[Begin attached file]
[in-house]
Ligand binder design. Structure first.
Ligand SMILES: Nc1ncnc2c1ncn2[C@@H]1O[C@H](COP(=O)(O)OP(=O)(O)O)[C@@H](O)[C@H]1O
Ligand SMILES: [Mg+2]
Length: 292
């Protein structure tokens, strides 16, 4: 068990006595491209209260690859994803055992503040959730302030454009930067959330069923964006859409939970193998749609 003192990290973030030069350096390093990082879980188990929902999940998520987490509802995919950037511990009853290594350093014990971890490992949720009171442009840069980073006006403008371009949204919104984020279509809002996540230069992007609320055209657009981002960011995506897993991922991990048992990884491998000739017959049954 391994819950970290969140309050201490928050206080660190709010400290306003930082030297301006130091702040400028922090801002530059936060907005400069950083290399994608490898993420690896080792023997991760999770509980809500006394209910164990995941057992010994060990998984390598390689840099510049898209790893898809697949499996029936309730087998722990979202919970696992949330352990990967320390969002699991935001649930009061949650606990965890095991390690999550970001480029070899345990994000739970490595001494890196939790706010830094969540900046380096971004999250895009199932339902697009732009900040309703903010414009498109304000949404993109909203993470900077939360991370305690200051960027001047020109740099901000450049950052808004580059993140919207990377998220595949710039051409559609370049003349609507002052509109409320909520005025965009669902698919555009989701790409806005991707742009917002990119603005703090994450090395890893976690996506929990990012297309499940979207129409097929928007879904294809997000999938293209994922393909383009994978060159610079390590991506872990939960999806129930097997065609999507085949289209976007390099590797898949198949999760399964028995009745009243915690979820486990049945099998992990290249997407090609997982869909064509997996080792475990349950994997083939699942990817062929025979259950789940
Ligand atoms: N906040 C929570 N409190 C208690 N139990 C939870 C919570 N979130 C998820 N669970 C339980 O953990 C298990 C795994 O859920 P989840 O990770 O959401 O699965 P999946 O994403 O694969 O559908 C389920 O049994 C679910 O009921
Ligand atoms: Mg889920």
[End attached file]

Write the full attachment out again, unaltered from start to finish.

[in-house]
Ligand binder design. Structure first.
Ligand SMILES: Nc1ncnc2c1ncn2[C@@H]1O[C@H](COP(=O)(O)OP(=O)(O)O)[C@@H](O)[C@H]1O
Ligand SMILES: [Mg+2]
Length: 292
């Protein structure tokens, strides 16, 4: 068990006595491209209260690859994803055992503040959730302030454009930067959330069923964006859409939970193998749609 003192990290973030030069350096390093990082879980188990929902999940998520987490509802995919950037511990009853290594350093014990971890490992949720009171442009840069980073006006403008371009949204919104984020279509809002996540230069992007609320055209657009981002960011995506897993991922991990048992990884491998000739017959049954 391994819950970290969140309050201490928050206080660190709010400290306003930082030297301006130091702040400028922090801002530059936060907005400069950083290399994608490898993420690896080792023997991760999770509980809500006394209910164990995941057992010994060990998984390598390689840099510049898209790893898809697949499996029936309730087998722990979202919970696992949330352990990967320390969002699991935001649930009061949650606990965890095991390690999550970001480029070899345990994000739970490595001494890196939790706010830094969540900046380096971004999250895009199932339902697009732009900040309703903010414009498109304000949404993109909203993470900077939360991370305690200051960027001047020109740099901000450049950052808004580059993140919207990377998220595949710039051409559609370049003349609507002052509109409320909520005025965009669902698919555009989701790409806005991707742009917002990119603005703090994450090395890893976690996506929990990012297309499940979207129409097929928007879904294809997000999938293209994922393909383009994978060159610079390590991506872990939960999806129930097997065609999507085949289209976007390099590797898949198949999760399964028995009745009243915690979820486990049945099998992990290249997407090609997982869909064509997996080792475990349950994997083939699942990817062929025979259950789940
Ligand atoms: N906040 C929570 N409190 C208690 N139990 C939870 C919570 N979130 C998820 N669970 C339980 O953990 C298990 C795994 O859920 P989840 O990770 O959401 O699965 P999946 O994403 O694969 O559908 C389920 O049994 C679910 O009921
Ligand atoms: Mg889920």